So many people wrote privately to tell me that I had misunderstood Punto Ricciolino used in Umbrian Embroidery that I thought I would do a post dedicated to correcting my errors.
Thank you so much everyone for clearing up my confusion! When you try to figure out things alone at home, it's so nice to know when you've done something correctly or incorrectly! I do apologize to anyone who followed my previous photo sequence though I kind of like that stitch too. I wonder what it's called?
I have done another photo sequence and although the stitch here looks very similar to what I posted before, the overall result is subtly different.
Some of you asked what fabric and thread I was using, so it's Sotema 20L 38ct Ivory Linen with DMC Pearl Cotton no. 8 (colour 842) and a no. 8 embroidery needle (sharp tip).
Go back under the diagonal stitch you have created, not taking any of the ground fabric. You can't see it here but the thread tail is held to the left with the needle passing over it:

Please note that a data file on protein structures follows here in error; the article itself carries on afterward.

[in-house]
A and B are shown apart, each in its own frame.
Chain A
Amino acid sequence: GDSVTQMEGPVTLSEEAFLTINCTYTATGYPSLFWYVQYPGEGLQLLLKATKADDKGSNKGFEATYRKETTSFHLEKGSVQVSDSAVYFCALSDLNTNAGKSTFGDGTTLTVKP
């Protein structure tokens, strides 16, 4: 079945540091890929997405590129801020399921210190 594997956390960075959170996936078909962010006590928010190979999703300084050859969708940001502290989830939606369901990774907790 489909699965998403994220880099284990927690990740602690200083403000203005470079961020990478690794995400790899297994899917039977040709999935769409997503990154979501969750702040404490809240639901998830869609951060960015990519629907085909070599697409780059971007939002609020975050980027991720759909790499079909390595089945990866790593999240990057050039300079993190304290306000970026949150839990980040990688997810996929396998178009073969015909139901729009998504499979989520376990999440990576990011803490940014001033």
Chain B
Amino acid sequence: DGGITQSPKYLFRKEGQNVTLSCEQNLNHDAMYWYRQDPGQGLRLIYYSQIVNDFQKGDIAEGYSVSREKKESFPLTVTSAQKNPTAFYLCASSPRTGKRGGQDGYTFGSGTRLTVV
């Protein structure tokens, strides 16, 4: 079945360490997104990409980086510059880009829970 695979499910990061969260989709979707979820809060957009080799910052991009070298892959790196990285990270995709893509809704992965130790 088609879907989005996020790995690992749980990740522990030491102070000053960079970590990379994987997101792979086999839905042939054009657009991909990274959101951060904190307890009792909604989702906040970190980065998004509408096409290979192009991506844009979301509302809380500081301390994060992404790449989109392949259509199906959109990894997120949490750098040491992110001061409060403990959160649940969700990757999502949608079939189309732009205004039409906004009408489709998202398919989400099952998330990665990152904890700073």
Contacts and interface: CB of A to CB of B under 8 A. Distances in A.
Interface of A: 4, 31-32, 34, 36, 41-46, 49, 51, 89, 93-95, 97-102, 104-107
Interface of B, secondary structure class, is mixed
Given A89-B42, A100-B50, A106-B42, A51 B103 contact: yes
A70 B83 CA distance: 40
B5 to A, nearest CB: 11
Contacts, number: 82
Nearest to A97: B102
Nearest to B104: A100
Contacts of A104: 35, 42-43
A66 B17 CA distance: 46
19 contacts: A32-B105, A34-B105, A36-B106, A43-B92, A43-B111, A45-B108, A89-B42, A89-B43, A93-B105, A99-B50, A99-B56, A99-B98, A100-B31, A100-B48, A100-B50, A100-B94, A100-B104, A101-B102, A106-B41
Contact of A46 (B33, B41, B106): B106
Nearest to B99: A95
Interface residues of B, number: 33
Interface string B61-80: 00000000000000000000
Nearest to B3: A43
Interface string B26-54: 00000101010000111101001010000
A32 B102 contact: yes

Like this (don't laugh at my diagram!):
Back again under the diagonal stitch to the right of the stitch you just did:
I love the textural effect!
I don't think I will cut out the curls I did on my little sampler as it will be too time consuming but I will definitely be doing more of Punto Ricciolino in the future!
I will try to get back to working the edging to show you another way to use Punto Avorio in the near future, so watch for future posts.
Apparently it is necessary for me to again point out to readers that I am not a needlework teacher nor an expert. These posts here on my blog are my own personal investigations. If you choose to follow my diagrams, photo sequences and/or anything else I do, you do so at the risk of misunderstanding along with me!
An Italian woman from Perugia named Geneviève Porpora wrote to me with all kinds of links for finding out more information on Umbrian Embroidery. She wrote a book called Il Punto Umbro after having learned from the last surviving pupil (Margherita Biancalana) of the Marquess Romeyne Robert's "Scuola Ricami Ranieri di Sorbello" [Ranieri di Sorbello Embroidery School]. Unfortunately most of the links that she gave me are in Italian and seem to be often broken or leading to pages which no longer exist. If you would like more information, please contact her directly through her email address.